What is the law on harassing or obscene phone calls?
Massachusetts law states:
“Whoever telephones another person or causes a person to be telephoned, contacts another person by electronic communication, or causes a person to be contacted by electronic communication repeatedly, for the sole purpose of harassing, annoying, or molesting the person or the person’s family, whether or not conversation ensues…shall be punished.”
In other words, when a person:
- Telephones another person
- Causes a person to receive a call
- Contacts another person by electronic communication
- Causes a person to receive an electronic communication, repeatedly
…for the sole purpose of:
…the person or the person’s family, whether or not conversation takes place, is committing a crime.
What does the government need to show to prove someone guilty of harassing or obscene phone calls?
In order to prove the defendant GUILTY of the offense of making harassing telephone calls or electronic communications, the Commonwealth must prove BOTH of the following elements of the offense beyond a reasonable doubt:
- That the defendant:
- Made telephone calls to
- Caused telephone calls to
- Contacted by electronic communication
- Caused an electronic communication to
…another person repeatedly—which means three or more times.
2. That the defendant’s sole purpose in making the telephone calls, having the telephone calls made, making the contacts by electronic communication, and/or causing the contacts by electronic communication to be made was EITHER to:
- Firstly, harass
- Secondly, annoy
- Thirdly, molest
…the other person or his or her family.
Remember that “repeatedly” in the context of this offense requires three or more telephone calls or electronic communications.
Does an actual conversation have to take place?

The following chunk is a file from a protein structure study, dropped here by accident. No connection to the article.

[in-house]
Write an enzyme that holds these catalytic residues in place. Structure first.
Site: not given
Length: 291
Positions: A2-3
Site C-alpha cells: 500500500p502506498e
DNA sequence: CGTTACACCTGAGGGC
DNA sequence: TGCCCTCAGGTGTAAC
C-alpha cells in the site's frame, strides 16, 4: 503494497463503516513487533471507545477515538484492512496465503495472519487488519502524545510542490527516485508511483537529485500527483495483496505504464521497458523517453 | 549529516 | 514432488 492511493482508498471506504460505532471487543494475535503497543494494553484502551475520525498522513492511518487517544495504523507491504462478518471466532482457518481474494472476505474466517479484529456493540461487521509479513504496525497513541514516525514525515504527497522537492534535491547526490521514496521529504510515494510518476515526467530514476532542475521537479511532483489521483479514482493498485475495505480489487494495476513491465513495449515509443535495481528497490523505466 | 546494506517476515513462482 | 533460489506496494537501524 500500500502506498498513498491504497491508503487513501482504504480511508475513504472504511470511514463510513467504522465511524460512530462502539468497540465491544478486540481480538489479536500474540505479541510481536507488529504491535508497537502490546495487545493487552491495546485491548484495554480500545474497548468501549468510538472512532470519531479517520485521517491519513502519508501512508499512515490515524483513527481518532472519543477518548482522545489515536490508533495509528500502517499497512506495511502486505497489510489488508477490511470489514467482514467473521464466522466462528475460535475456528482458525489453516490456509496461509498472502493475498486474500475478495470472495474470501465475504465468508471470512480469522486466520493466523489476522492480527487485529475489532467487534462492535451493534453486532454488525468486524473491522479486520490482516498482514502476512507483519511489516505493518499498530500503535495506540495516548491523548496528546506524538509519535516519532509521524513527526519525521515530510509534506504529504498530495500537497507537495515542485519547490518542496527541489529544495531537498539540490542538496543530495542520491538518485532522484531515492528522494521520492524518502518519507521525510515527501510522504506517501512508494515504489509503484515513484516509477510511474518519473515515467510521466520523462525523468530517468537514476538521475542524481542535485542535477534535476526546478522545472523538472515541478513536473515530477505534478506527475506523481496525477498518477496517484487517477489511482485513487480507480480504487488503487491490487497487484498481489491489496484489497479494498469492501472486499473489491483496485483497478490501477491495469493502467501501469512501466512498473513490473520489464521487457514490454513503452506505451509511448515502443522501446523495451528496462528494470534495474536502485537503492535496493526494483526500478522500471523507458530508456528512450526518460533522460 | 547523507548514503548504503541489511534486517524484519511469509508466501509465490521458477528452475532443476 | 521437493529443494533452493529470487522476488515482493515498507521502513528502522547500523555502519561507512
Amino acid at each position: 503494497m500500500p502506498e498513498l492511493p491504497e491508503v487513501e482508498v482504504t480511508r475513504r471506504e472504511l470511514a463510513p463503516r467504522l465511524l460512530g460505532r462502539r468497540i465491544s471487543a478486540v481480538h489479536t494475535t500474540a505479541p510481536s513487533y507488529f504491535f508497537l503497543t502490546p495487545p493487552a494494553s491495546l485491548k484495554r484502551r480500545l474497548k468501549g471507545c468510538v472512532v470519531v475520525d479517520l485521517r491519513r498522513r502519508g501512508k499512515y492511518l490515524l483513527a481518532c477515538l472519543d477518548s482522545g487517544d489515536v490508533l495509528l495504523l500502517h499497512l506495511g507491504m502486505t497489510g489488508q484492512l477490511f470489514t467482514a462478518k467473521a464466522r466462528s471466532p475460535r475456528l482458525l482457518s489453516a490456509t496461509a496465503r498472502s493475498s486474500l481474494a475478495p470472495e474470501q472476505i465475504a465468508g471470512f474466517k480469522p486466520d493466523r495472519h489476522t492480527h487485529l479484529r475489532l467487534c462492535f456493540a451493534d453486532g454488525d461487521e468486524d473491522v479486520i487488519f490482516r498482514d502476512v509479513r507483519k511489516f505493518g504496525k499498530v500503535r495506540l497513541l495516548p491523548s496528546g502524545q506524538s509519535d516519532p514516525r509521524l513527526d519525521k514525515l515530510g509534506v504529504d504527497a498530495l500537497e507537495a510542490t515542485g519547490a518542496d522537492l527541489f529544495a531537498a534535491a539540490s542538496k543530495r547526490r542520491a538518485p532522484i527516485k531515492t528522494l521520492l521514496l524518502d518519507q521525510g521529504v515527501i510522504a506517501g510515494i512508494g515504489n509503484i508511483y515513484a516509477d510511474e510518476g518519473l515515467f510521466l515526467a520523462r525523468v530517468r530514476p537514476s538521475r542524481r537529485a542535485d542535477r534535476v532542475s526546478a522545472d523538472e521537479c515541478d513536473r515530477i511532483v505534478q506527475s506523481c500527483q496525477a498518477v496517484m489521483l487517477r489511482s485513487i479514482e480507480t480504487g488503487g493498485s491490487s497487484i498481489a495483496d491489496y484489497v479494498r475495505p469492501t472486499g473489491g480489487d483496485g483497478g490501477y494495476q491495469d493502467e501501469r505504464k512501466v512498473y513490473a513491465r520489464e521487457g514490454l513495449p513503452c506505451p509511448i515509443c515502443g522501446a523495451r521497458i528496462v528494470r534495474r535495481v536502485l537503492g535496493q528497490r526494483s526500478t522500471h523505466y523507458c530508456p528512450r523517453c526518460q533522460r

NO, the Commonwealth is NOT required to prove beyond a reasonable doubt that the defendant had a conversation or actual contact with the alleged victim, but only that he or she:
- Made the telephone calls
- Had telephone calls made
- Made the contacts by electronic communication
- Had the contracts made by electronic communication
Did the person who made the calls only have to have the motive of harassing?
YES, the Commonwealth must prove that the defendant’s ONLY purpose was to annoy, harass or molest the alleged victim or his or her family.
Only partial motivation to annoy, harass or molest is NOT sufficient proof for the Commonwealth to satisfy the second element of the offense in question.
For example, a person’s favorite charity might call Person A repeatedly to ask for donations and that might even annoy or harass him or her. However, such actions would NOT violate the law if the intent was NOT to annoy, harass or molest.
Likewise, if the defendant called repeatedly, but not for the sole purpose of harassment, he or she should be found NOT GUILTY of harassing telephone calls or electronic communications.
How does the court determine what I intended by my calls?
The defendant’s intent or purpose CANNOT be proved directly because there is no way to look into a human mind and precisely determine what that mind was or is thinking.
Therefore, jurors must determine a defendant’s purpose from surrounding circumstances. They can consider any of the defendant’s statements and acts, and any other facts and circumstances shown by the evidence which help indicate the defendant’s state of mind.
Moreover, jurors may infer that a person ordinarily intends the natural and probable consequences of acts that he or she does knowingly.